Hands & Feet
It’s the extremities that are most vulnerable to getting cold and when we get wet, cold can set in rather quickly.
- Waterproof gloves are a great first defense, however, sometimes that after a few hours the waterproof-ness can lose effectiveness. (I suspect that after months of washing my gloves with harsh detergent the waterproof barrier breaks down). In any case, they are a good starting point and better than having wet fingers the entire ride.
- Carry an extra pair of gloves. Exchanging wet gloves for dry ones mid-way through a ride is very effective in keeping your hands warm and dry(er). A cheap alternative is to wear laytex/nitrile gloves underneath your biking gloves. They serve as a terrific insulating layer in a pinch. I carry a pair in my saddle bag.
Shoe covers will go a long way towards keeping your feet dry. If you’re on a long ride the water will eventually find a way in but invest in a good pair and your feet will thank you. Pull your pant legs over the top of the shoe covers. Tucking your pant leg inside the shoe cover invites the water to run down the pant leg, directly into the inside of your shoe cover. Keeping pants outside delays the inevitable!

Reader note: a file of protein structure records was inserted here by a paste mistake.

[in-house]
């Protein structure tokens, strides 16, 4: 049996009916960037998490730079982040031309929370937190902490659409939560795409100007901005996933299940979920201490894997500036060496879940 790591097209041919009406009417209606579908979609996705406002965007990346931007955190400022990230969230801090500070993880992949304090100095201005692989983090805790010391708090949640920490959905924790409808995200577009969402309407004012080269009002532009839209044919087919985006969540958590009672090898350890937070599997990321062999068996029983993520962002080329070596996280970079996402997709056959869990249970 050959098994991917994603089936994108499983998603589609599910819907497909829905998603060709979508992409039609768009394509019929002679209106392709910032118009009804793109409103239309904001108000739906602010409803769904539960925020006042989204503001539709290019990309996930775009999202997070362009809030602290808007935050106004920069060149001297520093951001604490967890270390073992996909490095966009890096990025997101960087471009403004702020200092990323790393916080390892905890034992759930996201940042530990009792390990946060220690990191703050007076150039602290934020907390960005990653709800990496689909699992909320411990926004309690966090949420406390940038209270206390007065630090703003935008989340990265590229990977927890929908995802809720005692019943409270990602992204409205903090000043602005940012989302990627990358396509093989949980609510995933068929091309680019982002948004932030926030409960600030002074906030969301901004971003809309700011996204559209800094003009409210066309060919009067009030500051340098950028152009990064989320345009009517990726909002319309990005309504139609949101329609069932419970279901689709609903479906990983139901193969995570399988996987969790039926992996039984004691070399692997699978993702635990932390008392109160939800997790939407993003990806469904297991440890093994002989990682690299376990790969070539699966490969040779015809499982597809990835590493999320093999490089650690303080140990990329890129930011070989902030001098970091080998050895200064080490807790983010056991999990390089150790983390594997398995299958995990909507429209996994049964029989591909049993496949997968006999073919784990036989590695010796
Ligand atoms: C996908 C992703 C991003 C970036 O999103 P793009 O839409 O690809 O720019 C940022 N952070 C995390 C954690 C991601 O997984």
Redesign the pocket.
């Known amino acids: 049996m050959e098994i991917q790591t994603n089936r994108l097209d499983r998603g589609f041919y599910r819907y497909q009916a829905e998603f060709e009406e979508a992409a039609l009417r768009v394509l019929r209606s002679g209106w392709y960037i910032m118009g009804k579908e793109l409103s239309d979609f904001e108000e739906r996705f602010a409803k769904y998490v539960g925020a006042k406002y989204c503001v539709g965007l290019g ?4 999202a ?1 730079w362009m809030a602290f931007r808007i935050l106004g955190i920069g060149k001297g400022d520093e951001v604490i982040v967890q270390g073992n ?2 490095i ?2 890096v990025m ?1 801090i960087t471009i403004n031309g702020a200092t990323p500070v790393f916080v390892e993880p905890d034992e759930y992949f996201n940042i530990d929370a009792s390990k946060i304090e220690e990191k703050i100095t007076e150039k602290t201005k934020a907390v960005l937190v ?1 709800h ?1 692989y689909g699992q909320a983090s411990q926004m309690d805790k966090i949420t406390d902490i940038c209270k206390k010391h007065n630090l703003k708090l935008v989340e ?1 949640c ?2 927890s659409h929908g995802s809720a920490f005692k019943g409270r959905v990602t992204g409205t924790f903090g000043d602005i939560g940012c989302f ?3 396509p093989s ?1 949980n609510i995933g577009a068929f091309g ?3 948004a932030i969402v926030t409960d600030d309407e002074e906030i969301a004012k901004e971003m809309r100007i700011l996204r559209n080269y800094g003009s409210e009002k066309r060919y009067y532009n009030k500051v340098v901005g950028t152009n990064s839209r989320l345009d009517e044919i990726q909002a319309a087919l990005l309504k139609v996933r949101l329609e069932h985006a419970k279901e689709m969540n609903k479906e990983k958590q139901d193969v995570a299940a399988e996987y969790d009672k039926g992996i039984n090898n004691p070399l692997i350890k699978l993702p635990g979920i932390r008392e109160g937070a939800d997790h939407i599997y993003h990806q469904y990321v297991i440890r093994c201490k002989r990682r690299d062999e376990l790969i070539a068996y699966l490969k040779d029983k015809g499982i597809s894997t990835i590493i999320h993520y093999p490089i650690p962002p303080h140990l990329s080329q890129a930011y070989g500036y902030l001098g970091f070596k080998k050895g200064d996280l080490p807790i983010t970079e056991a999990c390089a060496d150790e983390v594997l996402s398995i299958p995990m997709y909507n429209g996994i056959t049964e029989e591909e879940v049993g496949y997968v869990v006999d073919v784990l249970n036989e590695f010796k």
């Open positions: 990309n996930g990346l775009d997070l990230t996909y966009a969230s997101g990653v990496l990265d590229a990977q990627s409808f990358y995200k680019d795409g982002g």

- We love wool! If I’m expecting rain on a cool-ish day, I wrap my feet in wool. Wool keeps its insulating properties even when wet and it dries faster than cotton or other synthetics. And did you know that wool fibers naturally have anti-bacterial properties and are, therefore, odor-resistant? Look for Merino wool (oh, so comfy!) or SmartWool which is also effective and easy to find.
Lastly, Donna R. recommends having a change of clean dry clothes waiting for you at the end of your bike ride (in the car or from wherever you began your adventure).
Yes, rain can be inconvenient and even disappointing, but don’t let it stop you from enjoying the beauty of the season. This is a photo I took last week when I ventured out with some girlfriends on a day with a forecast to rain. Of the forty-two miles we logged, only seven of them were wet. We were prepared, we were warm and we were rewarded with this beautiful and vibrant spring display. It was worth the price!
Products shown are available online at WesternBikeworks.com